So far, he has two.

And all things considered, they speak for themselves.

Rich Levine's column runs each Monday, Wednesday and Friday on CSNNE.com. Rich can be reached at rlevine@comcastsportsnet.com. Follow Rich on Twitter at http:twitter.comrlevine33

Are Red Sox entering spring training with fewer questions than ever?

Are Red Sox entering spring training with fewer questions than ever?

BOSTON -- Every year it seems like there are major issues or question marks to start spring training where the answers are up in the air.

In 2015, the Red Sox lacked an ace, had Hanley Ramirez moving to left field and Pablo Sandoval coming to town.

In 2016, Ramirez was moving back to the infield, but at a new position, and his bat was in question. Sandoval was coming off a year where he couldn’t hit his weight (he hit .245 and he last weighed in at 255 pounds). How would the starting rotation look after David Price?

This year, there seem to be three questions, but in a way, they’ve already been answered.

How will the Red Sox make up for David Ortiz’s absence?

Well, for one, the Red Sox have three Cy Young-caliber starting pitchers (Price, Chris Sale and Rick Porcello) in their rotation.

And two, Hanley Ramirez is coming off a career year with his highest career output in RBI (111) and second-highest home run total (30). And while Mitch Moreland isn’t the greatest hitter, he’s good for 20 or more home runs. Plus, it seems he’s holding a spot for a certain Red Sox prospect who’s bouncing back well from an injury.

 

Will Sandoval earn the starting third base job back?

The weight loss is a good sign, not only for the physical reasons, but it shows he’s mentally committed to being better.

However, that doesn’t guarantee he gets his job back.

“I’m not going to say [third base] resolved itself,” John Farrell told CSNNE.com, “but you know Panda’s done a very good job of committing to get himself in better shape and we’re looking forward to seeing that play to in spring training.”

Even if Panda can’t put it all together, Farrell told reporters before Thursday’s BBWAA dinner, both Brock Holt and Josh Rutledge would be competing for the job as well.

Holt as plan B -- in the infield? Who wouldn’t take that?

Who’s going to start at catcher?

Sandy Leon, Christian Vazquez and Blake Swihart each have their pros an cons.

Leon did it all last year, but went from hitting .383 in his first 39 games to .242 in his last 39.

Vazquez has Ivan Rodriguez-esque abilities behind the plate, but couldn’t keep the staff under control last year and cannot hit.

Swihart, who turns 25 April 3, is the youngest of the three, has the most potential at the plate, but is far and away the worst of the three defensively at the most important defensive position -- excluding pitcher -- on the field.

They all have their drawbacks, but they’ve all shown at some point why they can be the Red Sox starting catcher in the present and future.

Everywhere else, the Red Sox seem to be in a comfortable position as pitchers and catchers reporting to camp draws ever nearer.

“I think the fact that we’ve got veteran players that have done a great job in staying healthy [and] young players that are getting more establishing in their return, we’re in a pretty good place in terms of the overall status of our position player group,” Farrell told CSNNE.com.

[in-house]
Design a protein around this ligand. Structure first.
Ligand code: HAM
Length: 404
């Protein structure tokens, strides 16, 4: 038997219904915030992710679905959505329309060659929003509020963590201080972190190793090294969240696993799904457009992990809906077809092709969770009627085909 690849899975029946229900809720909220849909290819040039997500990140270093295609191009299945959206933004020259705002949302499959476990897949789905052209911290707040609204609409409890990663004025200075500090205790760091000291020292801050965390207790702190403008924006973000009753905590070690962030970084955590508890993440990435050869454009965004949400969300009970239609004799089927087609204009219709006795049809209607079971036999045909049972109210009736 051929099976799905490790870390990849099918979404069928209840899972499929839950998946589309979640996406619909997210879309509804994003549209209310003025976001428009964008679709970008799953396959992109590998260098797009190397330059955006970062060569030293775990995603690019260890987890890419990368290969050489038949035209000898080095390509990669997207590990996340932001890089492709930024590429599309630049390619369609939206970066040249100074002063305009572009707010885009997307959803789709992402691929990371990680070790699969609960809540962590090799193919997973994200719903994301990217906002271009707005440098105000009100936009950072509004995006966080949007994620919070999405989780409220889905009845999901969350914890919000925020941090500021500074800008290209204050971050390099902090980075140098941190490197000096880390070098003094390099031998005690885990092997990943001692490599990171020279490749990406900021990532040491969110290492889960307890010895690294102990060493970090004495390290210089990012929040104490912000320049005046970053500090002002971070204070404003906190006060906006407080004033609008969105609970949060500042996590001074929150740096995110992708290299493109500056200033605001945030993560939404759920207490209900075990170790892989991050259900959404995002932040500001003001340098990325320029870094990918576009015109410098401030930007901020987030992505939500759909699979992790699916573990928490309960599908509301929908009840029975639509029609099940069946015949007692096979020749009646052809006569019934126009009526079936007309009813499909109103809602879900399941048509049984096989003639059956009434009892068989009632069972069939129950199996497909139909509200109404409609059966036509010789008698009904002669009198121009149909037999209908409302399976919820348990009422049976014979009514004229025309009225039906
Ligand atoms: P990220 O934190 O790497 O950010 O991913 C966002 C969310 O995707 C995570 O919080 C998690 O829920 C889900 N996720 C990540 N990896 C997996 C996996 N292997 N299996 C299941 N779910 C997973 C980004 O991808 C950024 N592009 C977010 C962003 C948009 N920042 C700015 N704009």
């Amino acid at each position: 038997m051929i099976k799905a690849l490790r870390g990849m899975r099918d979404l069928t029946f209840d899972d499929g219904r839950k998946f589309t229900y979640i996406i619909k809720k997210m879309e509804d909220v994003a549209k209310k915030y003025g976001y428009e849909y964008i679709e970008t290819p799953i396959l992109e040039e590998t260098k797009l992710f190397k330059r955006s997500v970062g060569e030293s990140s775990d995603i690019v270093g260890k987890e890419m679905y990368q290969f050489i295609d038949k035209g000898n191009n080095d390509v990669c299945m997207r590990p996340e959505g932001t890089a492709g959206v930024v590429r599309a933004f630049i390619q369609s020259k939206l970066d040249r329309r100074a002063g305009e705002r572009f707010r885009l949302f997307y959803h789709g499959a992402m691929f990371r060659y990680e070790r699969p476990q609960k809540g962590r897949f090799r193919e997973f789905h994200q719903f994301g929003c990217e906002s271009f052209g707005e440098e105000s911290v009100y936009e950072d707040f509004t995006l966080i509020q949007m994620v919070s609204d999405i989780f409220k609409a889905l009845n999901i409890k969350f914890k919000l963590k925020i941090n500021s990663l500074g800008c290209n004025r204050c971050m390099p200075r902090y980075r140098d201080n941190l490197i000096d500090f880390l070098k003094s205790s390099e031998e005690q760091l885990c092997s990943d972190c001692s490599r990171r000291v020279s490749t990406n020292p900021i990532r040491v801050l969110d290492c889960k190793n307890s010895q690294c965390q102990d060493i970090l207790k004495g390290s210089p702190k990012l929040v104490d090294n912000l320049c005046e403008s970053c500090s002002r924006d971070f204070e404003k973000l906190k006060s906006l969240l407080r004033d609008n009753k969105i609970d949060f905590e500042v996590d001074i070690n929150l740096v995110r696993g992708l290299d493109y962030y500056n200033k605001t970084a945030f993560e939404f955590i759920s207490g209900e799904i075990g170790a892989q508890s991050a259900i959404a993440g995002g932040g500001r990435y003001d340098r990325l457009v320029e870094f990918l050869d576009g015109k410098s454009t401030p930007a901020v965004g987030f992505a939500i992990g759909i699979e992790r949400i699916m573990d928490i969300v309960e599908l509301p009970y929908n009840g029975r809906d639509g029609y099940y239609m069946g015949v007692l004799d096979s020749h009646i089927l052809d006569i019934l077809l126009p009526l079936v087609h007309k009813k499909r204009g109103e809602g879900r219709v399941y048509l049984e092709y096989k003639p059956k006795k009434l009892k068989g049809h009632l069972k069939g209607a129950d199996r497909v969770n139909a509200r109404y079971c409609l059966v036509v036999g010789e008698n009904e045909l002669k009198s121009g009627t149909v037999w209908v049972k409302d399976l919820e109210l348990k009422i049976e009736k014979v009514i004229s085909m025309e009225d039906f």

And it seems some players are confident in the team’s options as they ready for camp.

“We’re looking good in a lot of areas,” shortstop Xander Bogaerts told CSNNE.com. “Especially the pitching staff, [since] we just got Chris Sale one of the best in the game.”

“Pablo’s definitely going to bounce back, especially with the weight he’s lost."

Francona, Epstein receive grand ovations at BBWAA dinner

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Francona, Epstein receive grand ovations at BBWAA dinner

BOSTON -- “I didn’t feel that love after I made a pitching change in the sixth inning,” Terry Francona said after a 45-second standing ovation from Boston fans upon receiving the MLB Manager of the Year award from the BBWAA Thursday.

It’s without question the love for Francona runs deep in the city. Why wouldn’t it? He was the leader in breaking the 86-year old curse, and wound up winning another World Series title for Boston three years later.

Actually, he was more of a co-leader, working alongside the same person who won the MLB Executive of the Year honors from the BBWAA for 2016.

Theo Epstein -- who received an ovation 17 seconds shorter than Francona, but who’s counting -- reminisced about the Red Sox ownership group that took a chance on a young kid who wasn’t necessarily the ideal candidate to take over as GM of a team, but now that’s helped him build the Chicago Cubs into a winning franchise and establish a great working environment.

This October marks 13 years since the ’04 championship, 10 years since ’07 and six years since the pair left Boston. Without question they’ve left their mark on the city and forever changed Red Sox baseball.

And while the fans showed their undying gratitude for Francona with an ovation almost as long as his acceptance speech, the Indians manager recognized the favor the current Red Sox brass has done for him.

“I’d like to thank Dave Dombrowski and the Red Sox for getting Chris Sale the hell out of the Central Division,” Francona said.